(4) As limnetic habitat becomes accessible and sufficiently productive following glacial retreat, specialized, locally adapted populations of lake-type sockeye evolve in a parallel adaptive radiation from the proximate sea/river type ecotype metapopulation. To our knowledge, this specific claim has not yet been tested. However, genetic surveys have revealed extensive divergence of lake-type sockeye populations within drainages colonized since the last glaciation, a ‘mosaic’ pattern that is unique among Pacific salmon (Utter et al. 1984; Wood 1995; Winans et al. 1996; Nelson et al. 2003).

(5) Where the lake environment is sufficiently productive, or the seaward migration hazardous, the fitness of non-anadromous individuals can rival or exceed that of anadromous individuals, and consequently, populations of the kokanee ecotype evolve independently from proximate (often sympatric) lake-type sockeye populations. The kokanee ecotype is known to have arisen and persisted following unsuccessful introductions of the lake ecotype (Ricker 1940; Wood 1995; Quinn et al. 1998). In at least some lakes, conditions also meet the theoretical requirements for sympatric divergence of lake and kokanee ecotypes (Wood and Foote 1996). Existing genetic evidence for the independent evolution of kokanee from lake-type sockeye within separate drainages is generally compelling, although not unequivocal (Foote et al. 1989; Taylor et al. 1996).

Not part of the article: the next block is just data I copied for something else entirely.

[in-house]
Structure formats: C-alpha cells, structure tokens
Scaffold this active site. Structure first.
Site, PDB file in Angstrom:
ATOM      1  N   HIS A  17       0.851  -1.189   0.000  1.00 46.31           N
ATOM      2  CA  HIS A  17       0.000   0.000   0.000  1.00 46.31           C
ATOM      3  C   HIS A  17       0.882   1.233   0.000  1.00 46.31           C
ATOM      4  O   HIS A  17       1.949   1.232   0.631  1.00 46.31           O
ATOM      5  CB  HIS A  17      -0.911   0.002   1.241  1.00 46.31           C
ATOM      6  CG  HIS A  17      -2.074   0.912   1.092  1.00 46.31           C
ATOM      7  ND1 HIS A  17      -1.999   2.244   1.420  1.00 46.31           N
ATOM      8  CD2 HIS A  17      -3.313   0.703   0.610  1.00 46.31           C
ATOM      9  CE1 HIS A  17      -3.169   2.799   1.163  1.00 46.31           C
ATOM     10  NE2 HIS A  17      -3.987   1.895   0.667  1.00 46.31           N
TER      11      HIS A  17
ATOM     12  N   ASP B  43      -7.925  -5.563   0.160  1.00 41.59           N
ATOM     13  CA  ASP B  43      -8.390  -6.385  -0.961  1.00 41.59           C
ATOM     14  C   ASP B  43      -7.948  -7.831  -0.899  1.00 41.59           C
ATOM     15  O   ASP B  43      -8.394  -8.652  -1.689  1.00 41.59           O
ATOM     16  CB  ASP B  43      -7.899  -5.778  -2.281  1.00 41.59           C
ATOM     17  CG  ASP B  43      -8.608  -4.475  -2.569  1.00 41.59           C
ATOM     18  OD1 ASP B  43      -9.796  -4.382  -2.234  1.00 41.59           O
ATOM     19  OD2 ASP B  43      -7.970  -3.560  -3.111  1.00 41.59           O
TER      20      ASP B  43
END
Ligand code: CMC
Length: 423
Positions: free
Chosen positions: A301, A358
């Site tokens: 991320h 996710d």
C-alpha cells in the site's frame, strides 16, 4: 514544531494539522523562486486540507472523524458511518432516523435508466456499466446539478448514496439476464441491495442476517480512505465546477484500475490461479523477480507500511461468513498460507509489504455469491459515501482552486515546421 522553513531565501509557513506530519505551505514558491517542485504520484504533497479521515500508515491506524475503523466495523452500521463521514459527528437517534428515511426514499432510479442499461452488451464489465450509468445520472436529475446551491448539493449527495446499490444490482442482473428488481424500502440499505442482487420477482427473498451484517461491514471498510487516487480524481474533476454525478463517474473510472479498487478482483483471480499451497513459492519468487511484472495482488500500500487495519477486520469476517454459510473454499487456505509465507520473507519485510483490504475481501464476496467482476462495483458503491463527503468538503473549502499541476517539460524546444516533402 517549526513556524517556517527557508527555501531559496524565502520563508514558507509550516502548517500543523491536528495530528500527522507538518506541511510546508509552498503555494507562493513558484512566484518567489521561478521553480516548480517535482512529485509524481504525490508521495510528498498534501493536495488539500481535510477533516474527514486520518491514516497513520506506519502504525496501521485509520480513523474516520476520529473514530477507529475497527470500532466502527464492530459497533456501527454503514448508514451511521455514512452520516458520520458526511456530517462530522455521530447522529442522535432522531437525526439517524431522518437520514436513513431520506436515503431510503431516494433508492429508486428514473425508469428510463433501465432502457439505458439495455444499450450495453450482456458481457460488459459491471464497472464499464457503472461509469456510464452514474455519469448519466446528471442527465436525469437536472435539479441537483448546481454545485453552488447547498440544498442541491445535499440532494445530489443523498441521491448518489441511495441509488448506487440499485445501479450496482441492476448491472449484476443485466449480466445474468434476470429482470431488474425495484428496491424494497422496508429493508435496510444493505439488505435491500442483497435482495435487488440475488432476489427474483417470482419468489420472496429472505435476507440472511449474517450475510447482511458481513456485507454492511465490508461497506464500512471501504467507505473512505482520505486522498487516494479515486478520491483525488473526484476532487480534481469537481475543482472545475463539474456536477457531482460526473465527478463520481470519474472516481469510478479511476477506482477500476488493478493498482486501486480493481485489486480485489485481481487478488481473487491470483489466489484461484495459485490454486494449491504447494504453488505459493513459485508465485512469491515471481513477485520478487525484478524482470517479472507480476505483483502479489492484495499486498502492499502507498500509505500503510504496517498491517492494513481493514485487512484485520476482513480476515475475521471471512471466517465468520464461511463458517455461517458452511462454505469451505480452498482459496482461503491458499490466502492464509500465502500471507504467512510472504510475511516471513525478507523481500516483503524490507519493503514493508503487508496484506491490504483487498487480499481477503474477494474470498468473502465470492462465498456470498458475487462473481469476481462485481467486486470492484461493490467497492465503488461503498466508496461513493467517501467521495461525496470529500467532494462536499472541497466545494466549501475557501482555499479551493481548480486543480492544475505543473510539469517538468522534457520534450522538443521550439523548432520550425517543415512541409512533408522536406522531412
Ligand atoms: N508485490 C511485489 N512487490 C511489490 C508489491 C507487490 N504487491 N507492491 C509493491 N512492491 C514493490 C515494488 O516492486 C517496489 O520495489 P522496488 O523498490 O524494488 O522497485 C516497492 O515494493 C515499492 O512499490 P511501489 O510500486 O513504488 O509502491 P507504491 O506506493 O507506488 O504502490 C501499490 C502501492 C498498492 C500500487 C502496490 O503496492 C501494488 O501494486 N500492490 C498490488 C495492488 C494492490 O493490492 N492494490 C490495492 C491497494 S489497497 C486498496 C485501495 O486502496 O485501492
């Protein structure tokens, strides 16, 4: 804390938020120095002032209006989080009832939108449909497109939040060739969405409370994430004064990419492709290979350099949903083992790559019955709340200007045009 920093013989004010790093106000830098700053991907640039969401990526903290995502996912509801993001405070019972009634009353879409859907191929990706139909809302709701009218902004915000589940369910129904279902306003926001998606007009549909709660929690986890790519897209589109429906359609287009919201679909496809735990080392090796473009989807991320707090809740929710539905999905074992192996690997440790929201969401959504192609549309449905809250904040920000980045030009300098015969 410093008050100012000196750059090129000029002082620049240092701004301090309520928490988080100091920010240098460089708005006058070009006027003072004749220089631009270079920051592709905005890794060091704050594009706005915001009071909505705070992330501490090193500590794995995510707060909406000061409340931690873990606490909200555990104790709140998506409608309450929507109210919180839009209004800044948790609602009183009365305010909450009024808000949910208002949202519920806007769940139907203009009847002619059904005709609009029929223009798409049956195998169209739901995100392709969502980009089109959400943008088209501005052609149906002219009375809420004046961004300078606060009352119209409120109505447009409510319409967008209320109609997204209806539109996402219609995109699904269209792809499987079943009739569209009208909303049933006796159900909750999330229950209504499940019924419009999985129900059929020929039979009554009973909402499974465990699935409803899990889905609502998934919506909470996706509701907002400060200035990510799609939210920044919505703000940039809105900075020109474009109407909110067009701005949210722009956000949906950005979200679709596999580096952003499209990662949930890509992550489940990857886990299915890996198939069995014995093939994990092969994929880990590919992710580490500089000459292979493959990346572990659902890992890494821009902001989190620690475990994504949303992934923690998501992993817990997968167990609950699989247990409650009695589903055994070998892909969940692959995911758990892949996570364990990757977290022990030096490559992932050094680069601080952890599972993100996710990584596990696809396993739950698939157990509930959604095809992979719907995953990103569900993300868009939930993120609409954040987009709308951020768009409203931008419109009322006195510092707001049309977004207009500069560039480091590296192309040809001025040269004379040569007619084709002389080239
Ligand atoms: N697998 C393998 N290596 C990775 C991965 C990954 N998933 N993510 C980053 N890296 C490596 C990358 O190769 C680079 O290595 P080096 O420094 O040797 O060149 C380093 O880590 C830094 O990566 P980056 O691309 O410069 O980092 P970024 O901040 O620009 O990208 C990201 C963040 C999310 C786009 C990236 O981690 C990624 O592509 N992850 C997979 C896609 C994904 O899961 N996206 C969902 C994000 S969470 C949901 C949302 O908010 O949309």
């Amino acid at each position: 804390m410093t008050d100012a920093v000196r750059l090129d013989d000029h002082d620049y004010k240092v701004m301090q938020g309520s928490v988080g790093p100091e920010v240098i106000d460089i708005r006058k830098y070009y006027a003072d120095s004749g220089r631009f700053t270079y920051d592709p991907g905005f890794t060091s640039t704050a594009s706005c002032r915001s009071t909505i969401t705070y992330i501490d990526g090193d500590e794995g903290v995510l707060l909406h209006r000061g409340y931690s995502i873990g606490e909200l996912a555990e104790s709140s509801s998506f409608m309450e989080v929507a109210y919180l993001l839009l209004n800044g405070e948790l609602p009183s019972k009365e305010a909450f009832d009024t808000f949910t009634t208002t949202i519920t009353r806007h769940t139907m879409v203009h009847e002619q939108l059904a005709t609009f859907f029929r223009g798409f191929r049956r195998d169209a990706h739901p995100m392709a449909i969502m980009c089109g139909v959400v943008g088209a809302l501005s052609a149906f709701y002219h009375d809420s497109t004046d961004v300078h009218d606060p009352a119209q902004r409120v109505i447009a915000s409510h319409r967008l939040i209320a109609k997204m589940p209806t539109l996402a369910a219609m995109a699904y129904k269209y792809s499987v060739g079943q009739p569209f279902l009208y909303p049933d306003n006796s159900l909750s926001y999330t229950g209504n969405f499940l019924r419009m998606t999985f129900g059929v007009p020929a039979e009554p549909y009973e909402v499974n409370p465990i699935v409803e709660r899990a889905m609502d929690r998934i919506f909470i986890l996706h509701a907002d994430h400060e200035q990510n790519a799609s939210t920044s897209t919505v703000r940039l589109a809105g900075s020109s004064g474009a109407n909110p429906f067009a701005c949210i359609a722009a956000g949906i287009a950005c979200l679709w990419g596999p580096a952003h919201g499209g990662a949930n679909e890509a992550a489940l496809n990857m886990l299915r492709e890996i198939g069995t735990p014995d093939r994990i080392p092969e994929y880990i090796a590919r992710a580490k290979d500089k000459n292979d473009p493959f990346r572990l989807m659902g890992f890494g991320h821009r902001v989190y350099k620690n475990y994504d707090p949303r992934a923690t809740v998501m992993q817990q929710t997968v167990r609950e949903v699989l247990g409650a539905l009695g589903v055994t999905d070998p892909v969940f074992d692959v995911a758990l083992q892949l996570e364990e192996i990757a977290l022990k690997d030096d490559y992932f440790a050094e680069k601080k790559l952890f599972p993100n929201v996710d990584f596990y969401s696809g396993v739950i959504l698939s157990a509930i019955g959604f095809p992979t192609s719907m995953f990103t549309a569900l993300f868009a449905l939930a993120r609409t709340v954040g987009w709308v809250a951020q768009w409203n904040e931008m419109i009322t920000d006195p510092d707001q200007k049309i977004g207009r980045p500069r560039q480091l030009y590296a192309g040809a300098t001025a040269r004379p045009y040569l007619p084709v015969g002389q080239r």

Despite the remarkable extent of genetic and phenotypic divergence of lake-type and kokanee populations within recently colonized drainages, surprisingly little additional divergence is evident across larger geographic scales in allozymes (Guthrie et al. 1994; Varnavskaya et al. 1994; Winans et al. 1996) or mitochondrial DNA (Bickham et al. 1995; Wood et al. unpubl. data). Regional structuring is better revealed in studies of microsatellite DNA (because of greater allelic diversity), but as in other genetic markers, more variation is evident among lakes within drainages than among drainages (Beacham et al. 2006). This population structure is unusual. In chum salmon, as expected, genetic variation is greater among continents than among regions, and greater among regions within continents than among populations within regions (Sato 2004). Why then has there not been much greater divergence among sockeye salmon populations across the species’ range, given opportunities for continued evolution spanning recurrent glaciations?